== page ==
As news of Madiba’s death rocketed around the world Thursday evening, those who knew and admired the 95-year-old former president, ex-convict and freedom fighter responded.
U.S. President Barack Obama, who has named Mandela as a personal hero:
We’ve lost one of the most influential, courageous and profoundly good human beings that any of us will share time with on this earth. He no longer belongs to us: He belongs to the ages. Through his fierce dignity and unbending will to sacrifice his own freedom for the freedom of others, Madiba transformed South Africa and moved all of us. His journal from a prisoner to a president embodied the promise that human beings and countries can change for the better.
Member of Parliament Irwin Cotler, who served on Mandela’s legal team, recalled “a person who had no bitterness in him; no anger in him.”
Nelson Mandela was an inspiration not only for South Africa but, really, a global inspiration, and particularly for the young, who saw in him a hope for a better world, to use what might be a cliché. But Mandela embodied that hope.
Nelson Mandela was of the most honourable figures of our time. He was the father of his people, a man of vision, a freedom fighter who rejected violence. He set a personal example for his people in the long years he spent in prison.
That night, as I watched Mandela walk past me, I understood that his story, the long walk to freedom, was also Africa’s story. The indignation that once permeated our continent has been replaced by inspiration. The undercurrent of pessimism resulting from the onslaught of maladies — wars, coups, disease, poverty and oppression — has given way to a steadily increasing sense of possibility.
It wasn’t just Nelson Mandela who was transformed during those years of his imprisonment. We all were. And Africa is all the better because of that.
Nelson Mandela was a giant for justice and a down-to-earth human inspiration. Many around the world were greatly influenced by his selfless struggle for human dignity equality and freedom. … No one did more in our time to advance the values and aspirations of the United Nations.
Nelson Mandela made history. That of South Africa and the whole world. Nelson Mandela’s message will not disappear. It will continue to inspire fighters for freedom, and to give confidence to peoples in the defence of just causes and universal rights.
There are few people who have done more to inspire the world than Nelson Mandela, and I am deeply saddened to learn of his death.
As a student of history and a huge believer in the power of the human spirit, I know his life will continue to serve as a beacon for change, throughout South Africa and around the world. He taught us that nothing is impossible, that we have a responsibility to one another, and that courage is the triumph over fear.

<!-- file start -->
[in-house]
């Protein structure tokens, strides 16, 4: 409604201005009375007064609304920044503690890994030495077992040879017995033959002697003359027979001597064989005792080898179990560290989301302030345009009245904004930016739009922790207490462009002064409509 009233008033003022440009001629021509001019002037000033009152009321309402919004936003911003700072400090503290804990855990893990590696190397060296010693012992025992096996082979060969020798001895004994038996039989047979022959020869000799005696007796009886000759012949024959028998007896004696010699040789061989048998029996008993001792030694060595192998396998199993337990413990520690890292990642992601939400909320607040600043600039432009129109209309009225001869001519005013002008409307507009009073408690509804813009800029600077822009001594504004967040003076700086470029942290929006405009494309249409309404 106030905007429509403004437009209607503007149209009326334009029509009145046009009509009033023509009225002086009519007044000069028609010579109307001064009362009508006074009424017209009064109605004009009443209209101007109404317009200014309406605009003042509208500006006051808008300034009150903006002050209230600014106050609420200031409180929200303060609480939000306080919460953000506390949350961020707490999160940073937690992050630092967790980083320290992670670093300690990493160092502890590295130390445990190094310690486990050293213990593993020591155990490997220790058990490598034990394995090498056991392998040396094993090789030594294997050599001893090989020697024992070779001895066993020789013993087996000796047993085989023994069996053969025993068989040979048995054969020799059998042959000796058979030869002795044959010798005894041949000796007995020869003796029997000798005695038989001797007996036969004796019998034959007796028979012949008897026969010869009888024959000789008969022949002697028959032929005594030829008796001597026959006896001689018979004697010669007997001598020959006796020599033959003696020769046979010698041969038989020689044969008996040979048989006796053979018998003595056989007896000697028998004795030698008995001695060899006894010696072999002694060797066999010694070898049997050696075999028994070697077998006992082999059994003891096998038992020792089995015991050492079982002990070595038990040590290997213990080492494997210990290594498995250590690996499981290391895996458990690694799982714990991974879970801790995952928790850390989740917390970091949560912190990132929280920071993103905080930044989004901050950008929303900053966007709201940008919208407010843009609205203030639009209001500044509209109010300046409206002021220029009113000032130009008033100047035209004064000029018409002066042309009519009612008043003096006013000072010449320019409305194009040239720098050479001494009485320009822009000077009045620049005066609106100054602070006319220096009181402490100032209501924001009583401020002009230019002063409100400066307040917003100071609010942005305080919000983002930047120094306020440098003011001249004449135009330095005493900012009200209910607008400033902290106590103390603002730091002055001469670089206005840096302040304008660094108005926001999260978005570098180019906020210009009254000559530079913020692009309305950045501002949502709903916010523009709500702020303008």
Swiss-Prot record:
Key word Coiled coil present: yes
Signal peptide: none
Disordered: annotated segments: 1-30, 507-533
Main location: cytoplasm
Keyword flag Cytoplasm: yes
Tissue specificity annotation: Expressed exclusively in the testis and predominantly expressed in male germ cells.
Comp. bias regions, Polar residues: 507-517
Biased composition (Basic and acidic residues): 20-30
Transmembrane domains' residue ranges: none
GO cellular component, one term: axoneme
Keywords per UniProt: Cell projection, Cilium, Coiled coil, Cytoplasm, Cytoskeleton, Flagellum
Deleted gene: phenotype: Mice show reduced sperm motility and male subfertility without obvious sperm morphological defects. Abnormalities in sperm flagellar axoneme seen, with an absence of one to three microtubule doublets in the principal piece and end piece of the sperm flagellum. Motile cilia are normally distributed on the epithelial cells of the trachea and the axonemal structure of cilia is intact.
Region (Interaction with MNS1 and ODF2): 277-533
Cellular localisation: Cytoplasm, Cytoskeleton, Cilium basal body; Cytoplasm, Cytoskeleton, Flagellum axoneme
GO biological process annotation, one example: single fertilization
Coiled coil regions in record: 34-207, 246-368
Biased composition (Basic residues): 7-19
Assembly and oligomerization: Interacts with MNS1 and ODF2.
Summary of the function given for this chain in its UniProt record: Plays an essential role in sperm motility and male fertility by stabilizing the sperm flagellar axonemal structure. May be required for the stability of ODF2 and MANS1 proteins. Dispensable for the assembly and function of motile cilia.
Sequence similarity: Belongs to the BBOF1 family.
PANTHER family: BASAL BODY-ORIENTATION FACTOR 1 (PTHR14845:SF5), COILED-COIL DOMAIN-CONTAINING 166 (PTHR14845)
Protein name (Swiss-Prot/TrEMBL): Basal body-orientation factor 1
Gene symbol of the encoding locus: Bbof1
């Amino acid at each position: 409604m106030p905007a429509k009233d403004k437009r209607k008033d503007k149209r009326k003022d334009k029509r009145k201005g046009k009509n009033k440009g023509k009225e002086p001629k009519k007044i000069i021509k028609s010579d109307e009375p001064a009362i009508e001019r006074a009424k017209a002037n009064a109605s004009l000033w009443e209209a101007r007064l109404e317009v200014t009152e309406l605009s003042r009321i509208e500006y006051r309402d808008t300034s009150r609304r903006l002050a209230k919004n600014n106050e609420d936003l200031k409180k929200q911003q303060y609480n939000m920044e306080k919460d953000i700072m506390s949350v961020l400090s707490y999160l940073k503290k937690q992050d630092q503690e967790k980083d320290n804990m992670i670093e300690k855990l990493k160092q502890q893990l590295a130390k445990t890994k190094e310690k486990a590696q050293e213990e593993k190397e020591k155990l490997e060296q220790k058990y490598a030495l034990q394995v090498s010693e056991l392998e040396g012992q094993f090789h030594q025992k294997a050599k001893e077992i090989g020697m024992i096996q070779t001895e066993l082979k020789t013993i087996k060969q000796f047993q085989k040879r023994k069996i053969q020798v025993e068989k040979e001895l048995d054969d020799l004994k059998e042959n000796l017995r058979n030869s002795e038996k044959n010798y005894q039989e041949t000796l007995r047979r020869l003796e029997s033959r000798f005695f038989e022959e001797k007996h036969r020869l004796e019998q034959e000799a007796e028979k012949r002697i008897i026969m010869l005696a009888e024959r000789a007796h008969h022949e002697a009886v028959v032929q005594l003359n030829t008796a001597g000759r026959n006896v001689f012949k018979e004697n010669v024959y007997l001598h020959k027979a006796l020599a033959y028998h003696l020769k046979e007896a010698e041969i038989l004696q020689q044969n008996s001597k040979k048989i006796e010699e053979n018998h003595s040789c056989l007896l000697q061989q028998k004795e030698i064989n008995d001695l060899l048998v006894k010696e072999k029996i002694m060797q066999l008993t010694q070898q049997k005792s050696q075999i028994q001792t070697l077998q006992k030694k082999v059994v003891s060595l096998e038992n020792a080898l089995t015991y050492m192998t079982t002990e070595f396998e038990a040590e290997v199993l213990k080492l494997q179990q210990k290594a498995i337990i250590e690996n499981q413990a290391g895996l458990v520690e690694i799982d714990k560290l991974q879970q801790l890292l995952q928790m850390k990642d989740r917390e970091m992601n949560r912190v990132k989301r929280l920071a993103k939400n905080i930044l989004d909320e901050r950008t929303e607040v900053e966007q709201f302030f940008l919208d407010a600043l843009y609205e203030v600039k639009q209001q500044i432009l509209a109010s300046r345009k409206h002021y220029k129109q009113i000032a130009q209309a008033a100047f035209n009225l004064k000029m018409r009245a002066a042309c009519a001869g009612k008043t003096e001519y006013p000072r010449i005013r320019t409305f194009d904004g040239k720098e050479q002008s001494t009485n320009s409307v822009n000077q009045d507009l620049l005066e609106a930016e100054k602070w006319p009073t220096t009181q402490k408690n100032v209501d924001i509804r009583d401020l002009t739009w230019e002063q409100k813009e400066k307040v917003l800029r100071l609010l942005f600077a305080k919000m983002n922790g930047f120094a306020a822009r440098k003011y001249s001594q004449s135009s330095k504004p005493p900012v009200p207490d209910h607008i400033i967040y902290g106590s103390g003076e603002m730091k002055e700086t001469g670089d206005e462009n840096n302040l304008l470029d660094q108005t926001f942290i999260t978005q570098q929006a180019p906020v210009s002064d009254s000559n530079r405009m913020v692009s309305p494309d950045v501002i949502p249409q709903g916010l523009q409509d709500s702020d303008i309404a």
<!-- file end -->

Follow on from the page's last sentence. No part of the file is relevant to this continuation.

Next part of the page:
The world is better for his presence, and we all mourn his loss.
Alberta Premier Alison Redford, who worked with Mandela as a human rights lawyer in the 1990s:
Nelson Mandela was a towering icon, a giant of a man and an enormously inspiring individual who courageously spent his life fighting racism, oppression, and injustice. He used his days walking this earth to bring freedom, equality and human rights to his people, his country and to the world.
I will always cherish the opportunity I had to work alongside him in the 1990s as part of a team that was steering South Africa out of apartheid, rebuilding its legal system, and leading to its first all-race elections that resulted in Mandela becoming President. I will always remember him as a dignified and kind man with a sparkle in his eye, who used humor to diffuse tense situations.
It is a rare individual whose reputation for wisdom transcends time. Nelson Mandela, who died today at the age of 95, is one of them. New Democrats join others around the world in mourning the loss of this exceptional man.
Mr. Mandela devoted his life to fighting against injustice and defending, educating and caring for his people. An honourary Canadian citizen, he was a source of inspiration for all – from the most humble and impoverished to the world’s most powerful.
A precious light has done out in the world. Mila and I join with Graca Machel, his devoted family, and the millions who loved him in every corner of our world, in mourning this giant of our times. Let us remember though, that nothing can extinguish the flame of freedom he lit in South Africa. Nothing will dim the power of his message of tolerance, of integrity, and statesmanship.
The admiration and accolades Nelson Mandela is receiving from every corner of the world are a testament to his struggles and sacrifice. Truly a citizen of the world, Nelson Mandela’s contribution to world freedom is simply unparalleled, and he will forever occupy a place in the hearts, minds and imaginations of people across the globe.
Being an artist is kind of like being an actor. So as I painted Nelson’s portrait, I felt empowered and proud like the man himself. He has long been a personal hero of mine. I saw him speak shortly after he was released from prison, in 1990. It was both an honor and a privilege to paint his portrait and tell his story.
Toronto Mayor Rob Ford, who spent much of Thursday charging through hordes of reporters trying to ask him questions:
You look at someone who spent 28 years in prison and has no animosity, that’s what you call a true man. So we’ll miss Nelson Mandela – every country, every city, he’s touched. And it just feels like yesterday we were wishing him a happy 95th birthday at city council.